On Wednesday, the Utah chapter of the American Civil Liberties Union also called for "a close examination" of the deal by the Justice Department.
The ACLU "is devoted to promoting freedom and diversity of speech," said Karen McCreary, executive director of ACLU of Utah. The DOJ's final decision needs to focus on whether the deal "will be a threat to diversity of expression and independence of editorial content, or result in a substantial lessening of competition."
Along with selling The Tribune's printing facilities and other real estate to the News, the revised JOA gives The News 70 percent of the profits generated jointly by the two papers to The Tribune's 30 percent, replacing a 58 percent share The Tribune had received for nearly six decades.
Digital First Chief Executive John Paton has called the deal "a triple win" because he believes it strengthens The Tribune's digital future, freeing the newspaper of unnecessary legacy costs from its print operation and generating cash to pay down debt.
Paton has emphasized the JOA revisions also include explicit protections of The Tribune's editorial voice, including full autonomy over its news and publishing operations.
Reached on Wednesday, he said he had read the former Tribune employees' letter on the Romenesko news industry blog, which published the letter Tuesday, but he declined to comment.
A DOJ official would not comment directly Wednesday on either the JOA or the letter, but said lawyers responsible for examining such newspaper partnerships often include public input in their review.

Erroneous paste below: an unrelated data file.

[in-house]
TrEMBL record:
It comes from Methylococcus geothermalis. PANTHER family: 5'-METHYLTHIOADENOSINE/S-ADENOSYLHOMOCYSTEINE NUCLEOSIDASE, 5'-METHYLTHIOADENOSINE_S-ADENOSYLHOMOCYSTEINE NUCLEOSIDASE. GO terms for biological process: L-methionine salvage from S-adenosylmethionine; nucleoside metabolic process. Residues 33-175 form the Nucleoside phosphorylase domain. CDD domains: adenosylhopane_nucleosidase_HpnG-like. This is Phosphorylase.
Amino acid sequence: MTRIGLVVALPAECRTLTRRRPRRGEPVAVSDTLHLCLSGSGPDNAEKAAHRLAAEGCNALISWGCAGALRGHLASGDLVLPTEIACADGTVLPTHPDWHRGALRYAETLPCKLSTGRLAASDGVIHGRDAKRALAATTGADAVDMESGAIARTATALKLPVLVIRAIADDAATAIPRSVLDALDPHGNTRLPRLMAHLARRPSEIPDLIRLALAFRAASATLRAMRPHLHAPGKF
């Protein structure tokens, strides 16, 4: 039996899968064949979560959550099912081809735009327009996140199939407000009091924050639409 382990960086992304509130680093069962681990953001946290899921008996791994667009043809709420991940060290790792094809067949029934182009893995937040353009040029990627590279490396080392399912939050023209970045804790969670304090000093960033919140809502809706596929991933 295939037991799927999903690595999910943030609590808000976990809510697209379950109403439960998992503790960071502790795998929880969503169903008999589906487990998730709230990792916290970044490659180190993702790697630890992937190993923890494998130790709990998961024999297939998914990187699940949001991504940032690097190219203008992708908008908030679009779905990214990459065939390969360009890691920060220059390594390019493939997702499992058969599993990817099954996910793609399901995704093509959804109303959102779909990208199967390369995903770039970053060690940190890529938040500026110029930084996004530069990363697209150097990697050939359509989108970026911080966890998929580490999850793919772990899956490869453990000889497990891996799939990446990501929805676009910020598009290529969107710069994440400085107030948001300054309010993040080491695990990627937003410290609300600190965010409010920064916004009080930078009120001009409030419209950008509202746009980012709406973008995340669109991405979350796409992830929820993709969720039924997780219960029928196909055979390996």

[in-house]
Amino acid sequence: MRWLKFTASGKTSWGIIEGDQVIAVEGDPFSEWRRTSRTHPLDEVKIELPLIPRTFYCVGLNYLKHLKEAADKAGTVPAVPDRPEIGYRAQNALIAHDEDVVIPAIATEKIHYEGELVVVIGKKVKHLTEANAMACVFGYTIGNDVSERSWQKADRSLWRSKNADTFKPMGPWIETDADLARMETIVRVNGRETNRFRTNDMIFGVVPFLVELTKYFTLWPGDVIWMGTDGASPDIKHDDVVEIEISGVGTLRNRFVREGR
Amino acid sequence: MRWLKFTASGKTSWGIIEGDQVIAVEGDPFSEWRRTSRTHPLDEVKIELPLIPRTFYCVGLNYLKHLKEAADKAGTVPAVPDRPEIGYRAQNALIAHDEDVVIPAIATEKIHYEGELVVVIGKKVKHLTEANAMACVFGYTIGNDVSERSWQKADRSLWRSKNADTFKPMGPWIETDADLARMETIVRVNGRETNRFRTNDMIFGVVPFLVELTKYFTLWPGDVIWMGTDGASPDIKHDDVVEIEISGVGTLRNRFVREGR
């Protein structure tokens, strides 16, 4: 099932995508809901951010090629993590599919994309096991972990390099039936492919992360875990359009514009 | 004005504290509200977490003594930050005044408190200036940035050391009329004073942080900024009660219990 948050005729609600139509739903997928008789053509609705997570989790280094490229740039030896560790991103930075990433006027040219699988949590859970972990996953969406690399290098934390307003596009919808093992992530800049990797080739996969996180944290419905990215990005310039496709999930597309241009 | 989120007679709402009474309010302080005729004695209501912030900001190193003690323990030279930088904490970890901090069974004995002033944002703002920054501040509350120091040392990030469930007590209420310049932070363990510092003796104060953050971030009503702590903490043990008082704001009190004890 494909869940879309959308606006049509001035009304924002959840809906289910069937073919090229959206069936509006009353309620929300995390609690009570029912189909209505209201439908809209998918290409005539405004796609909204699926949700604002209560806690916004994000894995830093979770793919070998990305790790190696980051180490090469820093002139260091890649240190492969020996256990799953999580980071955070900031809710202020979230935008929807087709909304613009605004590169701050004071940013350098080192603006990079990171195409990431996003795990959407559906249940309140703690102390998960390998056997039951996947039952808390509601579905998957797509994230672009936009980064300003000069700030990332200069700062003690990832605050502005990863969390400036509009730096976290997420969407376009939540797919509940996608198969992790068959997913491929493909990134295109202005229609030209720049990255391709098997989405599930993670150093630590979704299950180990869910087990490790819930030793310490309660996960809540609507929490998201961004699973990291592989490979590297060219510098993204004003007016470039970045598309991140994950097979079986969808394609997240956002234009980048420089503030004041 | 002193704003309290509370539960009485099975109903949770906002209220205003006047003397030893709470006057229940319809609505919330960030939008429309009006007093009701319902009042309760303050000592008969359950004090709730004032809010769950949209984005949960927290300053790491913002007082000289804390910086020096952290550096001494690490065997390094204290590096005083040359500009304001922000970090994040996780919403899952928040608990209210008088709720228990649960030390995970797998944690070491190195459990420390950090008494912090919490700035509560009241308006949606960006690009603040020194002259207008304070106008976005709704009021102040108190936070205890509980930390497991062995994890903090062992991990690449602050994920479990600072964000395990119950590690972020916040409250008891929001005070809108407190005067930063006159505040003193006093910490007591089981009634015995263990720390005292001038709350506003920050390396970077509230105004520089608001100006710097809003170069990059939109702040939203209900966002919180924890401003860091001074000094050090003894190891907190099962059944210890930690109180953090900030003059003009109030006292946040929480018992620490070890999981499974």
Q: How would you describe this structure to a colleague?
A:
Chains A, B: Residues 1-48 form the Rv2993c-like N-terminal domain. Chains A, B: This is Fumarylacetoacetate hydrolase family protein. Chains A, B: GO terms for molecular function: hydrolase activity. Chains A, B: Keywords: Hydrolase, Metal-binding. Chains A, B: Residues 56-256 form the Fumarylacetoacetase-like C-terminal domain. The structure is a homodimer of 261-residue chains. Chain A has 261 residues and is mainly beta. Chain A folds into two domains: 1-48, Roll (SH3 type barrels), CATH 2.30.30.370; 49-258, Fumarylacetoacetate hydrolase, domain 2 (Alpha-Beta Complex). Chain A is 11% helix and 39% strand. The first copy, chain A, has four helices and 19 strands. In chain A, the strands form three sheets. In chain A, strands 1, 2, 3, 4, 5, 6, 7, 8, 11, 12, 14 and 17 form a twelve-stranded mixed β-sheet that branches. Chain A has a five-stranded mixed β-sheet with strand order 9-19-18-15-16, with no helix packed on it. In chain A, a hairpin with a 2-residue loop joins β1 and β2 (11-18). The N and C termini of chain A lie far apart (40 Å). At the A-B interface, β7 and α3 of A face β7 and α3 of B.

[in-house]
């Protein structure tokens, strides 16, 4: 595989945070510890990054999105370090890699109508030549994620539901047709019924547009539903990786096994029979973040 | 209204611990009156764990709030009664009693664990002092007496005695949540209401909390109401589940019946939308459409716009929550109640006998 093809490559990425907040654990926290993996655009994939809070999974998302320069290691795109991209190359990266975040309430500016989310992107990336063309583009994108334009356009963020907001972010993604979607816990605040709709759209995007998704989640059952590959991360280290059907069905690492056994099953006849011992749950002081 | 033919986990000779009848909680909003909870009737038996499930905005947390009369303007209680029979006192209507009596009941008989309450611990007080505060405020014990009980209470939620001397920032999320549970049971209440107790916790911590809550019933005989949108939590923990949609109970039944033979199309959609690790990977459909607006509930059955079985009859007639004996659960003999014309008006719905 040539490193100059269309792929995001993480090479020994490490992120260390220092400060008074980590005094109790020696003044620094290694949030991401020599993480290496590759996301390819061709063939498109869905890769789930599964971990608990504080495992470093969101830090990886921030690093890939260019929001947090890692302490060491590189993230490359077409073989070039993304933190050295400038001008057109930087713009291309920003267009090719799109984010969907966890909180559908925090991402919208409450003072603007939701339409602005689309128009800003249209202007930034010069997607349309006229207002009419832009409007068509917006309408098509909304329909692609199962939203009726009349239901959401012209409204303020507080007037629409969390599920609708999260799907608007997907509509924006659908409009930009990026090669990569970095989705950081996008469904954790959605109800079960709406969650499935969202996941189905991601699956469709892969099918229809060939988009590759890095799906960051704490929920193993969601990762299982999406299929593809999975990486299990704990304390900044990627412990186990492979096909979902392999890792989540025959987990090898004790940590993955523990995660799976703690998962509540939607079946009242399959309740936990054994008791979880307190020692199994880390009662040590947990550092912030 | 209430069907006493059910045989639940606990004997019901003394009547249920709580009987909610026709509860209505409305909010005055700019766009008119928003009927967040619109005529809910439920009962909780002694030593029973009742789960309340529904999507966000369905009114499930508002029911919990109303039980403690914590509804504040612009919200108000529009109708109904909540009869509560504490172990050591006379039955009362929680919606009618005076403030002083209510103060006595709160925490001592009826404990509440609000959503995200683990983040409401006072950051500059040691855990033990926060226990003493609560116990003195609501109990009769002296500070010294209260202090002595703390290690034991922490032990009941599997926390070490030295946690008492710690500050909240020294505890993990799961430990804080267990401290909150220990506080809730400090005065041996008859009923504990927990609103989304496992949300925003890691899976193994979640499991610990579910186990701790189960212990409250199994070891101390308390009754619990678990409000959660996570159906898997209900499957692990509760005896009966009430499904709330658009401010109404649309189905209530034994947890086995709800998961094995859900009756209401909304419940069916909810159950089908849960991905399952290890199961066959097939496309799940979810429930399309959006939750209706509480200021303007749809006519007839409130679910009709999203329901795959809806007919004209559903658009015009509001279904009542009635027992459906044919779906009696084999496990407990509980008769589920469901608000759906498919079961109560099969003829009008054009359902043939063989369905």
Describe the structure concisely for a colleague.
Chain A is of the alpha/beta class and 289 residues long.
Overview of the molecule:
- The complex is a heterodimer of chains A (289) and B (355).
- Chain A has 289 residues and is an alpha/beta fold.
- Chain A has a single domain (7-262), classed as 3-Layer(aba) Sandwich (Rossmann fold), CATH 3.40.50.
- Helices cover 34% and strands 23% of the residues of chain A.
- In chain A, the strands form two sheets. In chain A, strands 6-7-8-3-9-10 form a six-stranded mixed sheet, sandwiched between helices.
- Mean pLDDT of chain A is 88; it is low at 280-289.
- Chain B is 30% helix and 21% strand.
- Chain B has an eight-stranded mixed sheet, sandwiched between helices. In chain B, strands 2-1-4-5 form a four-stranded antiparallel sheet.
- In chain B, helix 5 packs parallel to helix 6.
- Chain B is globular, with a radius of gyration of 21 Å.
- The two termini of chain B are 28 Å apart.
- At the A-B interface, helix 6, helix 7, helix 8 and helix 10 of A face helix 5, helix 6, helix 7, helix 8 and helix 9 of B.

The Justice Department's antitrust division is responsible for ensuring such pacts do not inhibit free competition.
"We make our decisions based on what is before us, the facts and the law," said Gina Talamona, a spokeswoman for the division.
In an interview, Joan O'Brien, a former Tribune editor who penned the letter, said she believes the new JOA makes the paper less profitable and therefore less attractive to a future buyer.
"It almost seems punitive" by weakening The Tribune, which has traditionally been Utah's strongest newspaper, said O'Brien, who is the daughter of the late Jerry O'Brien, a longtime Tribune publisher.
O'Brien also is married to current Tribune reporter Tom Harvey. Co-signee Nancy Hobbs, a former reporter, is the wife of current Tribune editor and publisher Terry Orme.
The JOA changes also give the News a three-to-two majority on the board of MediaOne of Utah, which oversees advertising, printing and distributions of the two newspapers. O'Brien said the shift in control was particularly worrisome, given ownership by The Church of Jesus Christ of Latter-day Saints of the News as well as KSL, a major television and radio outlet in the Salt Lake area market.
"But this is not about religion," said O'Brien, who noted that many faithful LDS members support the notion of media independence in Utah. "This is about business. It is pro-free speech."
In exchange for the JOA revisions, Digital First received an undisclosed sum of cash and took control of a roughly 20-person sales and technical development staff for The Tribune's websites, including sltrib.com and utahsright.com, an open-records site.
Clark Gilbert, CEO of the Deseret News and Deseret Digital Media, did not respond to a Wednesday email seeking comment.